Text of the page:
In Phoradendron increasing production of adventitious shoots is also considered to be an advanced trait (Kuijt

1969) and does correspond to decreased leaf size in the species examined. Arceuthobium, universally regarded as the most advanced viscacean genus, produces aerial shoots only adventitiously, and only from the endophytic system

(Hawksworth and Wiens 1972, Kuijt 1969). The observations concerning seedling origin in ~- juniperinum and ~- califor­ nicum suggest transitional stages towards the evolutionar­ ily advanced state characterizing Arceuthobium. Adapta­ tions of this nature can be considered environmentally adaptive as well, allowing the parasite to successfully parasitize host species in increasingly harsher climates.

Teryokhin and Nikiticheva (1982) describe four methods by which "the sporophyte of a turns to 28 parasitism." The evolutionary modificaiton seen in the

Phoradendron species examined conform to the "orobanchoid form" which is characterized by a morphogenetically active radicular pole of the embryo which produces the nutritional contact with the host (the haustorium) and an increasingly reduced "embryo proper" (the plumule). This identical pattern is repeated in the tendencies seen in ~· juniperi­ num, where the plumule may not continue to develop after endophytic establishment, and in ~· californicum, where plumular growth is almost totally suppressed.

The observations made in this study have relevance in other areas of botany. To illustrate, in a recent publica­ tion concerning mistletoe water use, Schulze and Ehleringer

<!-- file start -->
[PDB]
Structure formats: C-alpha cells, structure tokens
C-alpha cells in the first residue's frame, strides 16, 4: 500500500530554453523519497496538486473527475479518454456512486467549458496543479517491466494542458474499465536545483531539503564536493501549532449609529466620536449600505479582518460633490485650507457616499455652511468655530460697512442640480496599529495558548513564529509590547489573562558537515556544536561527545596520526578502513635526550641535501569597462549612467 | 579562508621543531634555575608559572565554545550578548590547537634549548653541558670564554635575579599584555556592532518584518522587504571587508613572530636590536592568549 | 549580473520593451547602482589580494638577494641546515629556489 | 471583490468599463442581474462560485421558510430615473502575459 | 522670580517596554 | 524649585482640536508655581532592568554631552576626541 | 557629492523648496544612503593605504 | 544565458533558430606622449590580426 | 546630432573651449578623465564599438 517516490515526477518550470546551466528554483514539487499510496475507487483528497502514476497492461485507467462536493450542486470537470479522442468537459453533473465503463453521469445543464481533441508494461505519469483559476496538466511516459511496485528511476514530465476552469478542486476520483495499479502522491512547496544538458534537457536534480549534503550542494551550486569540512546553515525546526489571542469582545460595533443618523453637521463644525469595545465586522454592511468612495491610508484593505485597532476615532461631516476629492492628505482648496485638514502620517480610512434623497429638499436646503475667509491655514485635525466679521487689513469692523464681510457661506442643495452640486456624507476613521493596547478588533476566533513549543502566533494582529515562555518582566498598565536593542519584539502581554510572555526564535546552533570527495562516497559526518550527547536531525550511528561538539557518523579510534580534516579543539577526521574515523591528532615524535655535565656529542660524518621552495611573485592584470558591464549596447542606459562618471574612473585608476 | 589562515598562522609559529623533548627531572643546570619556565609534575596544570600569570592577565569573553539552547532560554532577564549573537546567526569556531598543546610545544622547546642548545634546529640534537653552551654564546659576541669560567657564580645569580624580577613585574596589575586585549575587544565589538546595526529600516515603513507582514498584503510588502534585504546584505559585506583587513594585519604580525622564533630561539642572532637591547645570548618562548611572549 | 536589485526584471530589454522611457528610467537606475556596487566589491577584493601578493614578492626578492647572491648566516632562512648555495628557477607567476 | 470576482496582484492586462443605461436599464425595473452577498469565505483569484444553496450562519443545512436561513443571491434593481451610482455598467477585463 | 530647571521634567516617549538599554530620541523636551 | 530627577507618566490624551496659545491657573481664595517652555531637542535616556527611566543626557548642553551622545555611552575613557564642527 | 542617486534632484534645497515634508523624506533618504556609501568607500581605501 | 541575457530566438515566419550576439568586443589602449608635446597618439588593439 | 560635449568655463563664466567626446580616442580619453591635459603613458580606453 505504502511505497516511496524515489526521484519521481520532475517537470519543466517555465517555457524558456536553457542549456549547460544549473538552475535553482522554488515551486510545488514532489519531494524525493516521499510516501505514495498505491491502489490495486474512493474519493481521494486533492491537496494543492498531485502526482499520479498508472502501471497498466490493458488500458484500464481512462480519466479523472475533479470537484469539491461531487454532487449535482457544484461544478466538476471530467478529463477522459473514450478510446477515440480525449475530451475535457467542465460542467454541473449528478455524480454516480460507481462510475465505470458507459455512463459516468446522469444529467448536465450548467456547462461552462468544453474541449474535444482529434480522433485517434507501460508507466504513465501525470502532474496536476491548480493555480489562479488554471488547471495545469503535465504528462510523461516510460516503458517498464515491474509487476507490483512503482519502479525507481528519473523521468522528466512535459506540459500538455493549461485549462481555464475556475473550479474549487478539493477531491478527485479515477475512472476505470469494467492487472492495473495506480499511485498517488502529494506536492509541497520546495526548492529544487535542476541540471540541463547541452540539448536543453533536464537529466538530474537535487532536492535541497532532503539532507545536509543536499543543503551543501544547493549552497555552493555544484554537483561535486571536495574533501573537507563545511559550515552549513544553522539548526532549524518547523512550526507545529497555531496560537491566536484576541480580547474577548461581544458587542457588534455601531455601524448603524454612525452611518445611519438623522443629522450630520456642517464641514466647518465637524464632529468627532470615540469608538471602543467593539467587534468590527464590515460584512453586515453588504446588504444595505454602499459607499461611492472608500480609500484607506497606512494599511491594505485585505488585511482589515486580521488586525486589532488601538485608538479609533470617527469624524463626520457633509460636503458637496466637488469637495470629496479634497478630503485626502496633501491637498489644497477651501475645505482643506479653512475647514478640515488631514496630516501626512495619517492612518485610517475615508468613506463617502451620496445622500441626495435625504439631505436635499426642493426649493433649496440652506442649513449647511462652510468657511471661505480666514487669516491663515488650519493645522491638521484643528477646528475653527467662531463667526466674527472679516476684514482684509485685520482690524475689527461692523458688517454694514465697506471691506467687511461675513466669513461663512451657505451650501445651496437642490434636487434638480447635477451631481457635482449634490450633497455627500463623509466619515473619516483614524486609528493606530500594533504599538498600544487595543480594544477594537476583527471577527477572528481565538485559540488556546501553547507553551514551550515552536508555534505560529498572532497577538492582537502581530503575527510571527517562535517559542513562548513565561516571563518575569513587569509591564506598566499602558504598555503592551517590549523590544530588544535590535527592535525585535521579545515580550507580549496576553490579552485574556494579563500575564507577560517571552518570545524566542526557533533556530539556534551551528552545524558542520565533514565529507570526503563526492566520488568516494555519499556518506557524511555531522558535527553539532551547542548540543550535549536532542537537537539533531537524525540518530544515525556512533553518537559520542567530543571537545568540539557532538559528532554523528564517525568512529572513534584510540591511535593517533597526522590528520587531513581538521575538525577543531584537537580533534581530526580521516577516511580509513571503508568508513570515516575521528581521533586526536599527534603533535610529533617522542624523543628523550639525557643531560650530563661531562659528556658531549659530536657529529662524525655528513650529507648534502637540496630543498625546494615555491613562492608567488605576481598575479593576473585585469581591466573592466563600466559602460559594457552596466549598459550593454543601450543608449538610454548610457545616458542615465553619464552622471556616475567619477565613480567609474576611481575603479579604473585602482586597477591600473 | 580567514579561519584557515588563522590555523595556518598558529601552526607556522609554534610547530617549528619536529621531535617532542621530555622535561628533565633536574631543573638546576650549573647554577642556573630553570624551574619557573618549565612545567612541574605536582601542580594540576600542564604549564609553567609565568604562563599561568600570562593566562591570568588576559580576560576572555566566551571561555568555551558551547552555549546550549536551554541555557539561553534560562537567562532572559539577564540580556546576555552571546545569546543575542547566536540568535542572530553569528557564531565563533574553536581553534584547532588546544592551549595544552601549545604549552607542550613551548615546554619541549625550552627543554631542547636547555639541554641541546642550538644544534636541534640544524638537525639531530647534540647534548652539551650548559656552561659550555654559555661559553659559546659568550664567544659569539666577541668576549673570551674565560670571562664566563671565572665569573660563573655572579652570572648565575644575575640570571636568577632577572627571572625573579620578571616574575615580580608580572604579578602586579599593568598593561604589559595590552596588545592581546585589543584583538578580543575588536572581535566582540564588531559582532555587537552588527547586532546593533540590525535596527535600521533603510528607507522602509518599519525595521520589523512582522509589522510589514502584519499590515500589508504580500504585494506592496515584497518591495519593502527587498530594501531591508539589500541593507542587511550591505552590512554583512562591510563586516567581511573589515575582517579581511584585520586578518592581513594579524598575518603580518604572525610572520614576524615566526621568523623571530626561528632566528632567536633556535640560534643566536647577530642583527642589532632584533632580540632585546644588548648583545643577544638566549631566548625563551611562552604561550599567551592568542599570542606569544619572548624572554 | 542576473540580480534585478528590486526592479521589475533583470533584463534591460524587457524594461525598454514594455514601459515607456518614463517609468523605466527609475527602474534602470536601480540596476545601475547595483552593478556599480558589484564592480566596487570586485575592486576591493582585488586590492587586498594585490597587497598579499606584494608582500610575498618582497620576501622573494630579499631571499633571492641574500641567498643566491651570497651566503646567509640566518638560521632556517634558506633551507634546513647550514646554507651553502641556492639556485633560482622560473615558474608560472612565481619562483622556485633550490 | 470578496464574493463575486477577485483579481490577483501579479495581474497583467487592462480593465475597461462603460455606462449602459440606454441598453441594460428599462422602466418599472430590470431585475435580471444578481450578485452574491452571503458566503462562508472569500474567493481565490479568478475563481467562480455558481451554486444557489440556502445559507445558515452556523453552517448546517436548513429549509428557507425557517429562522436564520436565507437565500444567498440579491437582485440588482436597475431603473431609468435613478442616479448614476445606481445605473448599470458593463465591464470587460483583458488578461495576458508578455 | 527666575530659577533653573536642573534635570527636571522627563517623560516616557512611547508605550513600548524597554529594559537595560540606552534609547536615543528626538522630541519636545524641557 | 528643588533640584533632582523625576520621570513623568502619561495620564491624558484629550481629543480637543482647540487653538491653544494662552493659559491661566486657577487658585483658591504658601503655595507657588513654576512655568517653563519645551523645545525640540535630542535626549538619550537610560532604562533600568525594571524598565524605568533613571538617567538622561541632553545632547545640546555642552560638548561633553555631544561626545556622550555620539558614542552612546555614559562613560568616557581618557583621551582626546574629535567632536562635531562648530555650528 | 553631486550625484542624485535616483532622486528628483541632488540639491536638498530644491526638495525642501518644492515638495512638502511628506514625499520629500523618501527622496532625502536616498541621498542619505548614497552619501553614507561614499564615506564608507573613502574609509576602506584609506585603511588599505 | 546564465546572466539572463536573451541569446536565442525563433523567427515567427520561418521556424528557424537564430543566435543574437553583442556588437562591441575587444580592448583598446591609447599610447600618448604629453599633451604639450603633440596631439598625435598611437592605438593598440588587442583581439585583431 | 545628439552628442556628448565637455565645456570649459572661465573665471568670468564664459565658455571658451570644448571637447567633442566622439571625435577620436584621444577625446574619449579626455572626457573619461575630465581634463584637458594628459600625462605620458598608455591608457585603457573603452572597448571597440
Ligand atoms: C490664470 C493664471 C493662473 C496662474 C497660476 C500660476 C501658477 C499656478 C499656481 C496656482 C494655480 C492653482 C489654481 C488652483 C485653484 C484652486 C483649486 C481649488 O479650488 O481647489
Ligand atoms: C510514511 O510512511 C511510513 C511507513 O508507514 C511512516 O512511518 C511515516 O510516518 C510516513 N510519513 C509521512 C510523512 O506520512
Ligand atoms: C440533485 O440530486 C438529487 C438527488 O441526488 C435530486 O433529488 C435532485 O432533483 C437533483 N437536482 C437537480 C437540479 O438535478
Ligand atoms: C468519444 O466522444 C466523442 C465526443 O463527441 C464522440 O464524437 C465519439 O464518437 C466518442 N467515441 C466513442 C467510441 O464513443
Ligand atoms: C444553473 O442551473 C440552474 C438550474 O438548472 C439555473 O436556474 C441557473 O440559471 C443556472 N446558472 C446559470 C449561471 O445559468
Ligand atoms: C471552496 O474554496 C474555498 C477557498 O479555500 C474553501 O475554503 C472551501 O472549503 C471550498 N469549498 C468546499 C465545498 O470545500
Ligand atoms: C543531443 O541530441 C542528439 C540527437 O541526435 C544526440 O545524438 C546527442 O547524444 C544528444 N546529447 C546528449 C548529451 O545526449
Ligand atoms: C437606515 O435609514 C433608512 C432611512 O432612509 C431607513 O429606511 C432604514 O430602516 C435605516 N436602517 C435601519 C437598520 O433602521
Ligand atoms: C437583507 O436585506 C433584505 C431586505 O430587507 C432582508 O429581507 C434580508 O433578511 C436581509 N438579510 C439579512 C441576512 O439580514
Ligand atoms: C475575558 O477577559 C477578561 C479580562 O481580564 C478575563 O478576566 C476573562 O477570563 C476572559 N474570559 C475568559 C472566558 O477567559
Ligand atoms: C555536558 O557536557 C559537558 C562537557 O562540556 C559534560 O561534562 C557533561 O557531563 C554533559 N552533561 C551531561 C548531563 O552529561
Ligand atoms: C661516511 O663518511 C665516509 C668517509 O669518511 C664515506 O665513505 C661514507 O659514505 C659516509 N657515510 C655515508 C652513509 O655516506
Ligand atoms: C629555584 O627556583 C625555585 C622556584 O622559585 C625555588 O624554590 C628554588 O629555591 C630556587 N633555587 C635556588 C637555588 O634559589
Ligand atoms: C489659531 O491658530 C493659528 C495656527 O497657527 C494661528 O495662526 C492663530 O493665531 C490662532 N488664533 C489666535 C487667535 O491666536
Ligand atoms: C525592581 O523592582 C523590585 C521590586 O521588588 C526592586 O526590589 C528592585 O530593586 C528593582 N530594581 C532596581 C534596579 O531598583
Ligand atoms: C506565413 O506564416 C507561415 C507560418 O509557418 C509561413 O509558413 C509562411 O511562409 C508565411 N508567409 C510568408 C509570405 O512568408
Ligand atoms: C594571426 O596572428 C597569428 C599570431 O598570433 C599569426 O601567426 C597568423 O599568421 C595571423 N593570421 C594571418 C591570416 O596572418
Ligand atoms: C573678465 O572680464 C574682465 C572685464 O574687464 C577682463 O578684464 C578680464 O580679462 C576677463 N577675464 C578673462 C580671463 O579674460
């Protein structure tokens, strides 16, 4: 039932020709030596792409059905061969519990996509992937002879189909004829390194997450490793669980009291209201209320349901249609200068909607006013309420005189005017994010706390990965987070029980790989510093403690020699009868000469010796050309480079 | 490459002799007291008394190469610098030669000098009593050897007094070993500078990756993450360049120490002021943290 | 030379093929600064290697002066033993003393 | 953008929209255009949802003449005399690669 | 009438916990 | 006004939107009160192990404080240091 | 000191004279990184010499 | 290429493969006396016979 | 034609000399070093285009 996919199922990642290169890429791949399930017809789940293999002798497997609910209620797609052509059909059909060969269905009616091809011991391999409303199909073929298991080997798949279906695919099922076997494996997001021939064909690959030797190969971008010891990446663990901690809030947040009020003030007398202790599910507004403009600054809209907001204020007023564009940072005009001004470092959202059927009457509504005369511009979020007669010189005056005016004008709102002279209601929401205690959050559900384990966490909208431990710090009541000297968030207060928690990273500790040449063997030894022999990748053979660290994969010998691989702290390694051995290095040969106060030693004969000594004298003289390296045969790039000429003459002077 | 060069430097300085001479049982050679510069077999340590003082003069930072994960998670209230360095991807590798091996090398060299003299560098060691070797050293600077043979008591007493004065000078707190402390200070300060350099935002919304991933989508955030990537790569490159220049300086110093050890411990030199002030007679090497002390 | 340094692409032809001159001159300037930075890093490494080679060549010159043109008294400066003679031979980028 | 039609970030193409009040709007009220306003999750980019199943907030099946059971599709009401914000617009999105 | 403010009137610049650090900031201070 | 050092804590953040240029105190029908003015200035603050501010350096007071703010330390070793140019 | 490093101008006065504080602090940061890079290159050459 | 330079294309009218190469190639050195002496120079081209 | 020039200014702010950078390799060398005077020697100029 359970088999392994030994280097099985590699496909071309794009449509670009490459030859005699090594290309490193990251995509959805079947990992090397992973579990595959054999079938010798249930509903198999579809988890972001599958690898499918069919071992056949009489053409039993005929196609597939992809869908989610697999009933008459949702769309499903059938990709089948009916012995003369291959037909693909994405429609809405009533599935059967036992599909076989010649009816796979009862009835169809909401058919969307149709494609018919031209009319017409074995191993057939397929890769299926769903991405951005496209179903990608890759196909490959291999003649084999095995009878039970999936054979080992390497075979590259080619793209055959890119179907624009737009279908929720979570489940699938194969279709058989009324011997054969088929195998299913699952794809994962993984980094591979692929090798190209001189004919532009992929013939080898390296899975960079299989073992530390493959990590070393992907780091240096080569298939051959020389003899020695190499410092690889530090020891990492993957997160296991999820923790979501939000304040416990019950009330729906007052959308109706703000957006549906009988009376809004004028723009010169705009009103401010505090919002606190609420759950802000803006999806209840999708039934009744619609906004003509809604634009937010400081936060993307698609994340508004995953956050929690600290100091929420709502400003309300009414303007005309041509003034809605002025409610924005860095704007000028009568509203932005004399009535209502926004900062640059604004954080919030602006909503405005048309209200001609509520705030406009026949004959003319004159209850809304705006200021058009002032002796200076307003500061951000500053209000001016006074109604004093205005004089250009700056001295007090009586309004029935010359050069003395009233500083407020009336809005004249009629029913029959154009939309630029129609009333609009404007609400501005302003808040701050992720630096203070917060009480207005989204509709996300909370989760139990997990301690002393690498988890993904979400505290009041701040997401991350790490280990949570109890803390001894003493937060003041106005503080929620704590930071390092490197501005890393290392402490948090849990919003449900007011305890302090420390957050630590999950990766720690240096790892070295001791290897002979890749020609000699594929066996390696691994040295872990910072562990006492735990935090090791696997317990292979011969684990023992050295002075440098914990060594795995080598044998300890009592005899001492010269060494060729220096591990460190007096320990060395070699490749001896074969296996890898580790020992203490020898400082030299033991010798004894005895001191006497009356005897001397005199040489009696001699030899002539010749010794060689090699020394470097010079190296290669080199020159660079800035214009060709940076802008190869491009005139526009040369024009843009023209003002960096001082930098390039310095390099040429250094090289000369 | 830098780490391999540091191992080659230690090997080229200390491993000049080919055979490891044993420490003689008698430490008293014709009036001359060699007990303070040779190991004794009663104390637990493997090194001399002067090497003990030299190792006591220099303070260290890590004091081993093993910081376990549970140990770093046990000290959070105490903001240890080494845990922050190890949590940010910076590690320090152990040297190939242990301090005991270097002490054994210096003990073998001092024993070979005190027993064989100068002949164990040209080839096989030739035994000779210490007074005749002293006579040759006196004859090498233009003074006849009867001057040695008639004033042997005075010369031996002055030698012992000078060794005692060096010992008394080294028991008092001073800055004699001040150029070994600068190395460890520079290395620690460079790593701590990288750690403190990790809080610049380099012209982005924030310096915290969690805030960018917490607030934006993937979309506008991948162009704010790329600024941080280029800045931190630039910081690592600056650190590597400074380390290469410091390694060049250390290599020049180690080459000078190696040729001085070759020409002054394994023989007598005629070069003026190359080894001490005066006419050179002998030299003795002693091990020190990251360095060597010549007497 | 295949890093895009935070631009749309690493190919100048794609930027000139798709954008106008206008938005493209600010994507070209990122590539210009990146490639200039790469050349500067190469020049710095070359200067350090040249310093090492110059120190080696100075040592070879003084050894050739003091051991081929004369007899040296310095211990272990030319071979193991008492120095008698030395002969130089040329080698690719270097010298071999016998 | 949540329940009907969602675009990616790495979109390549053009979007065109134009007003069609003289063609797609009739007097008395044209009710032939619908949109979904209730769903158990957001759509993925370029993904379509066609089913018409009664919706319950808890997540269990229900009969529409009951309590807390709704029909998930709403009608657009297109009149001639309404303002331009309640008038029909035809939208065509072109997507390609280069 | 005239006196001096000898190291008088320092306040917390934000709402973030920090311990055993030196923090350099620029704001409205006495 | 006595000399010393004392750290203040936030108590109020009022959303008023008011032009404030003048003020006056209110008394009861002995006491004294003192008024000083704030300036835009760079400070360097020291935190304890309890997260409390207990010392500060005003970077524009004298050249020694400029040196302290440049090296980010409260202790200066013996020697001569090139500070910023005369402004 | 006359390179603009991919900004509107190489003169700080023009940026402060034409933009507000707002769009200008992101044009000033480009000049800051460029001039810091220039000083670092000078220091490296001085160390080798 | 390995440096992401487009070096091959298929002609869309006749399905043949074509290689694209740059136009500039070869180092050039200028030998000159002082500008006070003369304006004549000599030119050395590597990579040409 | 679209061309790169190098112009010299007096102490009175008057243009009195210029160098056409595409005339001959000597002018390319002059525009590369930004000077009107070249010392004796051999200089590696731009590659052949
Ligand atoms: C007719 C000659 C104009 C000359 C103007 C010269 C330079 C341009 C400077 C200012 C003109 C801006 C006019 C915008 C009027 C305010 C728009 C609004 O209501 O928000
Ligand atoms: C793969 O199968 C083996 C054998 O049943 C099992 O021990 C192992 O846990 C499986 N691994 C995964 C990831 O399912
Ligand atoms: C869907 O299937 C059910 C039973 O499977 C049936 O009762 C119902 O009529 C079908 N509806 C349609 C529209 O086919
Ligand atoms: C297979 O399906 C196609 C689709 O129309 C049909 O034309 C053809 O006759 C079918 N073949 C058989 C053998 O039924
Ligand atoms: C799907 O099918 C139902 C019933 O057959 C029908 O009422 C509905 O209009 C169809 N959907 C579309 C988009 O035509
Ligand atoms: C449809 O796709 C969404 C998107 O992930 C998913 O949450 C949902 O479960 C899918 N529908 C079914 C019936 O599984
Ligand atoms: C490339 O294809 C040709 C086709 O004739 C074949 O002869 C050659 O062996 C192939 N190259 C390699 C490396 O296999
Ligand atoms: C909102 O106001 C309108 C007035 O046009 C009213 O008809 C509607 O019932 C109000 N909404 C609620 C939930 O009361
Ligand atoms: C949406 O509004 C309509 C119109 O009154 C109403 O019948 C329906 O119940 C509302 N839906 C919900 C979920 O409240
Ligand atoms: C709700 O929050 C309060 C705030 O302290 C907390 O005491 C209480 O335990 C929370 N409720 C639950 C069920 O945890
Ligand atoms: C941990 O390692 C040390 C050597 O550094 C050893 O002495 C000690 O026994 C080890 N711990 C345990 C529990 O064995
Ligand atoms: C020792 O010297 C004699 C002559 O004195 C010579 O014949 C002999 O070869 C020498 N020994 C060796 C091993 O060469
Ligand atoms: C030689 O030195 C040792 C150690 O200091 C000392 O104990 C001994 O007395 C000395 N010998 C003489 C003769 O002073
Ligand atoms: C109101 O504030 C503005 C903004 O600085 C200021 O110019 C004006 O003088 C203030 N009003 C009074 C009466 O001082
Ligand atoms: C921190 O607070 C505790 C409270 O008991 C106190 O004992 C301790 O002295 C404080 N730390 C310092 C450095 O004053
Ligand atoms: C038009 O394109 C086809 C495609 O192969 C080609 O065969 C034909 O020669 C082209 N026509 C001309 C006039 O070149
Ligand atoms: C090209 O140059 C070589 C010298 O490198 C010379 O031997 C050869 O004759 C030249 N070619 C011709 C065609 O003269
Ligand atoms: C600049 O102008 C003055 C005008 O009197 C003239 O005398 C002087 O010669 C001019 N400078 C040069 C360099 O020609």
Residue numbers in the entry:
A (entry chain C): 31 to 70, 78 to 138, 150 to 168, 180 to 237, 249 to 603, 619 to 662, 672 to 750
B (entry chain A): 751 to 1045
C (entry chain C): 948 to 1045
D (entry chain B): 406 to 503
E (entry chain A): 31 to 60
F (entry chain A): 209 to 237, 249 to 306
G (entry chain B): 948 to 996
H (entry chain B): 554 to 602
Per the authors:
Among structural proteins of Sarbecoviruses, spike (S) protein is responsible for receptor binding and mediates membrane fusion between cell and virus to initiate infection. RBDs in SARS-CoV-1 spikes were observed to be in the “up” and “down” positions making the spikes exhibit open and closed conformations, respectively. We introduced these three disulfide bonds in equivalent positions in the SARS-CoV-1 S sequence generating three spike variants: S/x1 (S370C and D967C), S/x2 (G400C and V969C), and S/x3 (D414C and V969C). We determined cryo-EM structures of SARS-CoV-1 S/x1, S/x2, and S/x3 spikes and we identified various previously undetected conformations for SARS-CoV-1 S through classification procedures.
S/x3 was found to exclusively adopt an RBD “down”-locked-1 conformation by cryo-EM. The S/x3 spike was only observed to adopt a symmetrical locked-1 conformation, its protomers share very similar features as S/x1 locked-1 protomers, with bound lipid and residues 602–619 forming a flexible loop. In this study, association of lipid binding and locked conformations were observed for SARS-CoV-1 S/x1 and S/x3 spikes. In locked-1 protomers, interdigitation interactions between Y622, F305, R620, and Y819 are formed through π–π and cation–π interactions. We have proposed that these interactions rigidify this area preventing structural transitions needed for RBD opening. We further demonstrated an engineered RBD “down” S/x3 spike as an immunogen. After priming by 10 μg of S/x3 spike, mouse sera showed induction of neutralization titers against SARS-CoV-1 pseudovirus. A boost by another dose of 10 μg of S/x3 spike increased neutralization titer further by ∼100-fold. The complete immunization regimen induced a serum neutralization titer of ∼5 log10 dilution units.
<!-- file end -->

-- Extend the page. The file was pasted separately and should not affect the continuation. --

(1984) describe the early growth of ~· californicum. It is stated: "In the first year, a single 1-to-2 cm-long sprout was formed, the seed coat was still visible, and there was no inflation on the host branch. In the second year, an in­ flation on the host branch was visible and the sprout showed initial secondary branching." Indications are, how­ ever, that this could not have been the sequence of events since all aerial shoots examined in the present study were adventitious in origin and the plumule itself failed to grow. This apparent misinterpretation could possibly have some bearing on the results reported. An accurate under­ standing of seedling morphology is required to interpret 29 life cycles, thus definitive information of this aspect is valuable. The results of this study presents a number of areas for future investigation. Obviously the seedling morphol­ ogy of a broader range of species in the genus Phoradendron, including cataphyllous members, needs descrip­ tion. Other interesting aspects for further study include 1) an anatomical, cytological, and histochemical study of shoot apex suppression; 2) physiological studies related to adventitious bud formation; and, 3) an in-depth study of cotyledon structure and morphology. All of these investiga­ tions would clearly provide pertinent data important to a fuller understanding of the mistletoes. BIBLIOGRAPHY